By Michael DeLaney and Patrick Ehlers
This article contains SPOILERS. If you haven’t read the issue yet, proceed at your own risk!
Literally none of this makes any sense to me but I am fascinated
Michael: In the Western world — America in particular — we like to think that everything happens for a reason. In times of struggle we try to see it as a challenge or part of some greater purpose laid out for us by God, fate or the universe. And like anything, the only important meaning of something is what we ascribe to it. In Sex Criminals 25, protagonists Suzie and Jon both respond to their situations as if narrative meaning or consequence are an absolute.
Sex Criminals 25 opens with Suzie and her mother watching helplessly as their home burns down. Suzie wants to rush back in to save some possessions — namely the discoveries that she made about time traveling Kuber Badal gaming the stock market — but her mother tells her to let it go. Suzie also mentions how she can stop time with her sex powers but in the moment she was helpless — too in shock to do anything.
The destruction of the Dicksons’ home is an interesting thing to comprehend. Literally they are watching as all of their things go up in smoke, but symbolically is a different thing altogether. The house that burns down is not Suzie’s childhood home, but one that was made by her mother to be nearly identical. Before the fire Suzie was walking through “a house that was her house but wasn’t her house” — a dream trope that Matt Fraction and Chip Zdarsky have poked fun at before in the series. Curiously then, as she watches the house burn down she’s watching the memory of her home burn down — like a ghost moving on to the afterlife.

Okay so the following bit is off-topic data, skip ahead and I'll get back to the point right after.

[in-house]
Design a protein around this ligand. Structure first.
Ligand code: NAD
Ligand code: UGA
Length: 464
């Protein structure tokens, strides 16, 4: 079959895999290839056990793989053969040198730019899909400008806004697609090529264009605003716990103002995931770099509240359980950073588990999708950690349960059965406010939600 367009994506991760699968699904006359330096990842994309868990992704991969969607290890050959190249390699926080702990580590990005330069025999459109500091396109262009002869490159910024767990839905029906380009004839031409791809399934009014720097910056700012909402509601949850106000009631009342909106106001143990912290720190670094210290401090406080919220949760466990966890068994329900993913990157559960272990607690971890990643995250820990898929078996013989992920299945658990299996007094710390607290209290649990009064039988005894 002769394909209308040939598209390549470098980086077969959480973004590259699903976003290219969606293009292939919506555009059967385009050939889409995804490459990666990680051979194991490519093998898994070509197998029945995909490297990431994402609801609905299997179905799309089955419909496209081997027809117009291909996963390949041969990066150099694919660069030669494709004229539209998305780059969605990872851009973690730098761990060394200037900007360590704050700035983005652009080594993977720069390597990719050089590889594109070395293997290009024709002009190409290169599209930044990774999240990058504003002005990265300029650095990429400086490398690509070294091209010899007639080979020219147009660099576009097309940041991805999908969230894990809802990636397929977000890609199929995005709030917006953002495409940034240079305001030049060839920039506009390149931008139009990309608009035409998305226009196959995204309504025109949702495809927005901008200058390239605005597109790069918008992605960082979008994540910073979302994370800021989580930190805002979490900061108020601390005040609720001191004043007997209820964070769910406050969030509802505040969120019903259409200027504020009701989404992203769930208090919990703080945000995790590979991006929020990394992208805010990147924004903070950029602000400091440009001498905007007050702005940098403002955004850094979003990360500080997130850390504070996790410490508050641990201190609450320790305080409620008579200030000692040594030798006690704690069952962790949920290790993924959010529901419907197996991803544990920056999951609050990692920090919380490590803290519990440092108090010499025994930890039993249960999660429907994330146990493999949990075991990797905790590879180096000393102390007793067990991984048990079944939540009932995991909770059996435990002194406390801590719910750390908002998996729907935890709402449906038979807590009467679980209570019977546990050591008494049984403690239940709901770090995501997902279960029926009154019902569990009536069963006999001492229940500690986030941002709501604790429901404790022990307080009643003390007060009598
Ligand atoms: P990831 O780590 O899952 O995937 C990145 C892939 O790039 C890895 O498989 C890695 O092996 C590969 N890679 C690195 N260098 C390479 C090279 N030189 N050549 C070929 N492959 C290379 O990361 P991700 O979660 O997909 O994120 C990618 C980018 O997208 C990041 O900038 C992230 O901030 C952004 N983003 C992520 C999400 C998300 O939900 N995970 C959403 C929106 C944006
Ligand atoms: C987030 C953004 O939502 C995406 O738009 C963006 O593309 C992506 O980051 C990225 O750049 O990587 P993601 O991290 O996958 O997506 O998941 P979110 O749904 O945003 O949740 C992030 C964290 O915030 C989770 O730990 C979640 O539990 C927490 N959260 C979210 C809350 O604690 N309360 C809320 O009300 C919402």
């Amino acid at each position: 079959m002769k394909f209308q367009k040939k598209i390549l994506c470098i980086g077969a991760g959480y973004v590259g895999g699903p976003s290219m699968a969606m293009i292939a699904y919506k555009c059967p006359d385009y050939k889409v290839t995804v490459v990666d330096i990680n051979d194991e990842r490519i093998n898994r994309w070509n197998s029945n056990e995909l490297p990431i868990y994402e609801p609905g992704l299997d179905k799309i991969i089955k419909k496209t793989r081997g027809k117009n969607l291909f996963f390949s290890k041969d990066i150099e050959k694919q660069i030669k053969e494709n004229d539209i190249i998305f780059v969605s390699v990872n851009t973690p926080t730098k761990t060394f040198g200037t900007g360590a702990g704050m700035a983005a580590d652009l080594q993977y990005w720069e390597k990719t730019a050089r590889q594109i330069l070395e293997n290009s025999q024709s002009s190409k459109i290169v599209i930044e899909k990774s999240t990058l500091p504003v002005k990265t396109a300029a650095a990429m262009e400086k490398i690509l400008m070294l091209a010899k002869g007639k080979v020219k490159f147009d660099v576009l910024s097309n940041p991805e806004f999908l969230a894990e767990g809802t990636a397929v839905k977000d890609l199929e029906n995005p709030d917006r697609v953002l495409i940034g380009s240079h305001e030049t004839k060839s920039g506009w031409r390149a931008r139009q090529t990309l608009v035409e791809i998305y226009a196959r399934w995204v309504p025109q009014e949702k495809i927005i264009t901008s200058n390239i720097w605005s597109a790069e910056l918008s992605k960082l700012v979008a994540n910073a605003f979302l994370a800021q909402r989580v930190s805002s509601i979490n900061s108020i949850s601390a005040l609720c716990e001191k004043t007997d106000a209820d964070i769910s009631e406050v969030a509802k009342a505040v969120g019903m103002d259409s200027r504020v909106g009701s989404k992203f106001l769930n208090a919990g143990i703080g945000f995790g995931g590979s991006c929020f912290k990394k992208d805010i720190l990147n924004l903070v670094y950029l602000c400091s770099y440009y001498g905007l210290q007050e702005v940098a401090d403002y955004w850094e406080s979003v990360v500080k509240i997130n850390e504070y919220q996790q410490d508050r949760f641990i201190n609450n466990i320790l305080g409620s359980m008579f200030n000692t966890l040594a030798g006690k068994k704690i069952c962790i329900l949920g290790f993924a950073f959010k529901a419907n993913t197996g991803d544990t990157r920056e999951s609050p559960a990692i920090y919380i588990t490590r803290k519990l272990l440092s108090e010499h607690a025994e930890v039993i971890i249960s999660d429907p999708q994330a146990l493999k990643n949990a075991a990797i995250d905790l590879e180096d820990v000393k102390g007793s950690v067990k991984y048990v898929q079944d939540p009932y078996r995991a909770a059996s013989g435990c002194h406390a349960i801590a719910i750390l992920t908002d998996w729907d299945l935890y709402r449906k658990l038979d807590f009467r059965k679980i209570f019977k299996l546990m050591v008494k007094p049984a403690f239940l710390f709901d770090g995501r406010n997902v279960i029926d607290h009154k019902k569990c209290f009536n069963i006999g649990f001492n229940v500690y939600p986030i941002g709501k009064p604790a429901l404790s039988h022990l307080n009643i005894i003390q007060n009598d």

Suzie has been through a trauma that she tries to wash away in the motel shower, along with all of the smoke and soot that she scrubs off. When she sees that her mother has fallen asleep, Suzie masturbates to retreat to her safe space: The Quiet. It is here where she tries to rationalize what just happened as she speaks to herself.
Suzie is trying to comprehend what happened to her and her mom through the filter of a traditional fictional narrative: “this has to mean something, right?” Since it technically IS a fictional narrative there’s the possibility that there is indeed some meaning here, but that is up to Fraction and Zdarsky; the meaning they ascribe to it. So much crazy shit goes on in the world our minds race to make sense of it all in an attempt not to go insane. There have to be rules to life, right? The good guys should win and they bad guys should pay for their misdeeds…right?
It’s with his POV that Jon also struggles with the goings-on of Sex Criminals 25. Jon has an impromptu therapy session in his car with Dr. Glass and he can’t reconcile with the fact that not only is doctor still in love with villain Kegelface but that Jon must ally himself with her to help Suzie.
For Jon — and for us, the readers — Kegelface and “Bus Driver” are the bad guys; why should he work with them? It’s clear that Jon believes that these two should get their just desserts for their “villainy”, despite the fact that he himself has stolen quite a bit throughout the series. The world isn’t a fair place — sometimes the bad guys get away with their crimes and you have to work with them to save your ex-girlfriend from potential orgasm dimensional harm.
With that I will echo Dr. Glass’ statement from earlier: